Jason Mattera

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Jason Mattera is a spokesman for the Young America's Foundation and has been described as "one of the top young conservative activists in the entire country."

Attacks on Judy Shepard

As a student at Roger Williams University in Rhode Island, Mattera first received national attention in September 2003 when, as editor of a student newsletter for college Republicans titled The Hawk's Right Eye, he wrote a bullying and venomous attack on the mother of a college student who was beaten and murdered for being gay. Judy Shepard, whose son Matthew was beaten to death in Wyoming, had given a talk at the Roger Williams campus about the murder of her son and had called on students to practice tolerance and respect. Mattera's column accused her of "preying on students' emotions and naivety" [sic] so that she could become "a mascot for the homosexual agenda." [1] (Pdf) The same issue published a lurid description of the homosexual rape of a young boy and threw in a joke about "pedophiles nationwide" who "condemned the FDA's food pyramid as 'bigoted' and 'hateful' because 'anus' and 'penis' were not listed as separate food groups."

As a student publication, Hawk's Right Eye received funding from the university to pay for its printing costs. Its attack on Shepard prompted the university administration to take the bait, denouncing the publication and freezing its funding. Conservative groups nationwide responded on cue, accusing the university of censorship. Young America's Foundation decried "harassment by university officials" and their "heavy-handed approach to silencing ideas that oppose the leftist orthodoxy so prevalent on college campuses." [2] David Horowitz's Front Page magazine took up the cry, as did another Horowitz group, Students for Academic Freedom. [3]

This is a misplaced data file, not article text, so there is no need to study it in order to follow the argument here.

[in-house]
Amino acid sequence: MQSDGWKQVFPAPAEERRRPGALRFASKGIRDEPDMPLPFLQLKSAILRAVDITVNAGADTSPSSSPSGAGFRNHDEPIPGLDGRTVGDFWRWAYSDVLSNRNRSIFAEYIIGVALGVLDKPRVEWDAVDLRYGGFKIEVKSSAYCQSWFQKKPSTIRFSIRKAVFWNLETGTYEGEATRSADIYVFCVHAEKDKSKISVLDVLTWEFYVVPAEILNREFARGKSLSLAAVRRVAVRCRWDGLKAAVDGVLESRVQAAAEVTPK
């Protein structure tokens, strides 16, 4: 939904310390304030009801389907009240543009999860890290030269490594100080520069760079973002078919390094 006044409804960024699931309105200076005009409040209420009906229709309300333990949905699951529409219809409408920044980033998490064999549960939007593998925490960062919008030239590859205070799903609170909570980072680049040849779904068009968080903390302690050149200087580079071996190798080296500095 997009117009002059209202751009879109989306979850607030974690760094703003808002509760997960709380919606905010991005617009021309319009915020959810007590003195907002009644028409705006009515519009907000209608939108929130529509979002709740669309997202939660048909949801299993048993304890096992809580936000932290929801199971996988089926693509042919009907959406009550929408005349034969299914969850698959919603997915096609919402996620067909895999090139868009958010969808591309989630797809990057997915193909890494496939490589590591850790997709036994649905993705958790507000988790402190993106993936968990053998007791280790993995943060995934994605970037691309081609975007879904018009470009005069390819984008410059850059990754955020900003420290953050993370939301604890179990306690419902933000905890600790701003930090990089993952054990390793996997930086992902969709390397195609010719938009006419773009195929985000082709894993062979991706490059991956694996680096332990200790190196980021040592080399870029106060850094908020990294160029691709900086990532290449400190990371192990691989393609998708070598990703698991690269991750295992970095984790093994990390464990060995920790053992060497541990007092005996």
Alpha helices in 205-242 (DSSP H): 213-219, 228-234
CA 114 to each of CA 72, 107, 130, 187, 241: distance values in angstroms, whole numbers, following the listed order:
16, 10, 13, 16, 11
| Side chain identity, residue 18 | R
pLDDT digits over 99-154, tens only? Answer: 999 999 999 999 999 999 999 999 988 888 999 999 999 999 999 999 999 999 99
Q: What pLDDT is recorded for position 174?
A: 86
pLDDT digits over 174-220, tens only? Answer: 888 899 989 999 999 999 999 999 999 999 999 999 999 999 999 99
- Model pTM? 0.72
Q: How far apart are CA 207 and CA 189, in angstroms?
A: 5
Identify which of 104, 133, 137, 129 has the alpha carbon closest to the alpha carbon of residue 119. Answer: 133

The local Providence Journal noted that the controversy "has launched Jason Mattera, the 20-year-old editor of the monthly newsletter, into the national spotlight. While in Washington, D.C., yesterday, Mattera spoke at a news conference on the Student Bill of Rights, which would require colleges to balance their so-called liberal bias in faculty hiring and promotions." [4] Mattera was in Washington for his summer internship at the National Review, which was in turn arranged through his fellowship at the National Journalism Center.

Whites Only Scholarship

In 2004, as "a protest against affirmative action," the College Republicans at Roger Williams University offered a $250 "whites-only scholarship." Applicants were asked to submit an essay and "a recent picture to confirm whiteness," reported CNN. [5]

Mattera, who was a member of the school's College Republicans at the time, said the scholarship was intended to help students "at a disadvantage because of their Caucasian descent. The university compiles scholarships just for students of color on campus. And the other kids who are not of color on campus have to fend for themselves." [6]

When the interviewer pointed out that Mattera had received $5000 from the Hispanic College Fund, Mattera responded: "It's fine if you want to give scholarships based -- or if certain groups based on their ethnic background and striving those minority groups inside. But why should I automatically be at an advantage just because I'm Puerto Rican and why should that automatically qualify me over some people at my university?" Later, he added, "Hispanic is not a race. Hispanic is -- you can't tell me what color Hispanic is. It's white, blank, Indian, Asian, Hispanic. It's not a race-based scholarship." [7]

Questioning Global Warming

In May 2007, Mattera weighed in on a current Roger Williams University's complaint that a science class had made Al Gore's documentary about global warming, "An Inconvenient Truth," required viewing. Mattera called the documentary "a highly political movie" and the class requirement "academic abuse," on Fox News' "Hannity & Colmes." [8]

Colmes challenged Mattera, pointing out that global warming and its link to human activity are accepted truths within the scientific community: "You want to have equal time for something that is not of equal scientific weight." Mattera responded, "Who you are [sic] to say that’s not equal scientific weight? ... You don’t light [sic] a candle intellectually to any of these men." [9]

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